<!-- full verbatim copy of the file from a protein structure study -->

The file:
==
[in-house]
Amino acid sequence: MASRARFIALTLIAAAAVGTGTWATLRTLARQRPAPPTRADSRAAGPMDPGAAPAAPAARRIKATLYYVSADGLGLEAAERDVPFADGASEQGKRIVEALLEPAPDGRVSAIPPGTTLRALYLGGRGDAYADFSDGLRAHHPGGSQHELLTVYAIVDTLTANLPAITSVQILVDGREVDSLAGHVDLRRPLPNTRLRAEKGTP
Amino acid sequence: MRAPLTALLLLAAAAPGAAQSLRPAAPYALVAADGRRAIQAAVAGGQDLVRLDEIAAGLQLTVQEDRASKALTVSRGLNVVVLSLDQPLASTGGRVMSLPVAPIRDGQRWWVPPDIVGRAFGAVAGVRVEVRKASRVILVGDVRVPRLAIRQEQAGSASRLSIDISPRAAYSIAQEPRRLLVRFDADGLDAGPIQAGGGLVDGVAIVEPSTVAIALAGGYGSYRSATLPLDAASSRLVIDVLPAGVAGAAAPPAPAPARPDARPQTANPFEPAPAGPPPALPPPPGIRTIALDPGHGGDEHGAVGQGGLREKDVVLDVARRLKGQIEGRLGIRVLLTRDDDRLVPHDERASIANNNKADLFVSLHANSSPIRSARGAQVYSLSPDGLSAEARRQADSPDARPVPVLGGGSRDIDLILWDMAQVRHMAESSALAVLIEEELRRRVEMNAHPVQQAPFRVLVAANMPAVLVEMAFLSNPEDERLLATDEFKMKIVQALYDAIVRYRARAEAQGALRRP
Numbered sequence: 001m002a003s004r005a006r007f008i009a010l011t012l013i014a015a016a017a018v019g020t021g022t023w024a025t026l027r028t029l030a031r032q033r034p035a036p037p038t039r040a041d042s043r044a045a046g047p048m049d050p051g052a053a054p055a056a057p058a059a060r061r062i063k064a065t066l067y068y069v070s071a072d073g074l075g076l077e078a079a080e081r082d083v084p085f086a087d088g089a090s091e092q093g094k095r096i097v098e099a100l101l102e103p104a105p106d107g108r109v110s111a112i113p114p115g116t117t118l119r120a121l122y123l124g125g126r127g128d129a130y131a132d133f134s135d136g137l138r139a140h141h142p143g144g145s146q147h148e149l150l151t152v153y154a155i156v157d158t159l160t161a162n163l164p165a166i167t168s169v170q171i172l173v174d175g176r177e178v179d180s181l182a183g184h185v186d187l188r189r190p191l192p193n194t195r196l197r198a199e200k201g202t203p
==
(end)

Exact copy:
[in-house]
Amino acid sequence: MASRARFIALTLIAAAAVGTGTWATLRTLARQRPAPPTRADSRAAGPMDPGAAPAAPAARRIKATLYYVSADGLGLEAAERDVPFADGASEQGKRIVEALLEPAPDGRVSAIPPGTTLRALYLGGRGDAYADFSDGLRAHHPGGSQHELLTVYAIVDTLTANLPAITSVQILVDGREVDSLAGHVDLRRPLPNTRLRAEKGTP
Amino acid sequence: MRAPLTALLLLAAAAPGAAQSLRPAAPYALVAADGRRAIQAAVAGGQDLVRLDEIAAGLQLTVQEDRASKALTVSRGLNVVVLSLDQPLASTGGRVMSLPVAPIRDGQRWWVPPDIVGRAFGAVAGVRVEVRKASRVILVGDVRVPRLAIRQEQAGSASRLSIDISPRAAYSIAQEPRRLLVRFDADGLDAGPIQAGGGLVDGVAIVEPSTVAIALAGGYGSYRSATLPLDAASSRLVIDVLPAGVAGAAAPPAPAPARPDARPQTANPFEPAPAGPPPALPPPPGIRTIALDPGHGGDEHGAVGQGGLREKDVVLDVARRLKGQIEGRLGIRVLLTRDDDRLVPHDERASIANNNKADLFVSLHANSSPIRSARGAQVYSLSPDGLSAEARRQADSPDARPVPVLGGGSRDIDLILWDMAQVRHMAESSALAVLIEEELRRRVEMNAHPVQQAPFRVLVAANMPAVLVEMAFLSNPEDERLLATDEFKMKIVQALYDAIVRYRARAEAQGALRRP
Numbered sequence: 001m002a003s004r005a006r007f008i009a010l011t012l013i014a015a016a017a018v019g020t021g022t023w024a025t026l027r028t029l030a031r032q033r034p035a036p037p038t039r040a041d042s043r044a045a046g047p048m049d050p051g052a053a054p055a056a057p058a059a060r061r062i063k064a065t066l067y068y069v070s071a072d073g074l075g076l077e078a079a080e081r082d083v084p085f086a087d088g089a090s091e092q093g094k095r096i097v098e099a100l101l102e103p104a105p106d107g108r109v110s111a112i113p114p115g116t117t118l119r120a121l122y123l124g125g126r127g128d129a130y131a132d133f134s135d136g137l138r139a140h141h142p143g144g145s146q147h148e149l150l151t152v153y154a155i156v157d158t159l160t161a162n163l164p165a166i167t168s169v170q171i172l173v174d175g176r177e178v179d180s181l182a183g184h185v186d187l188r189r190p191l192p193n194t195r196l197r198a199e200k201g202t203p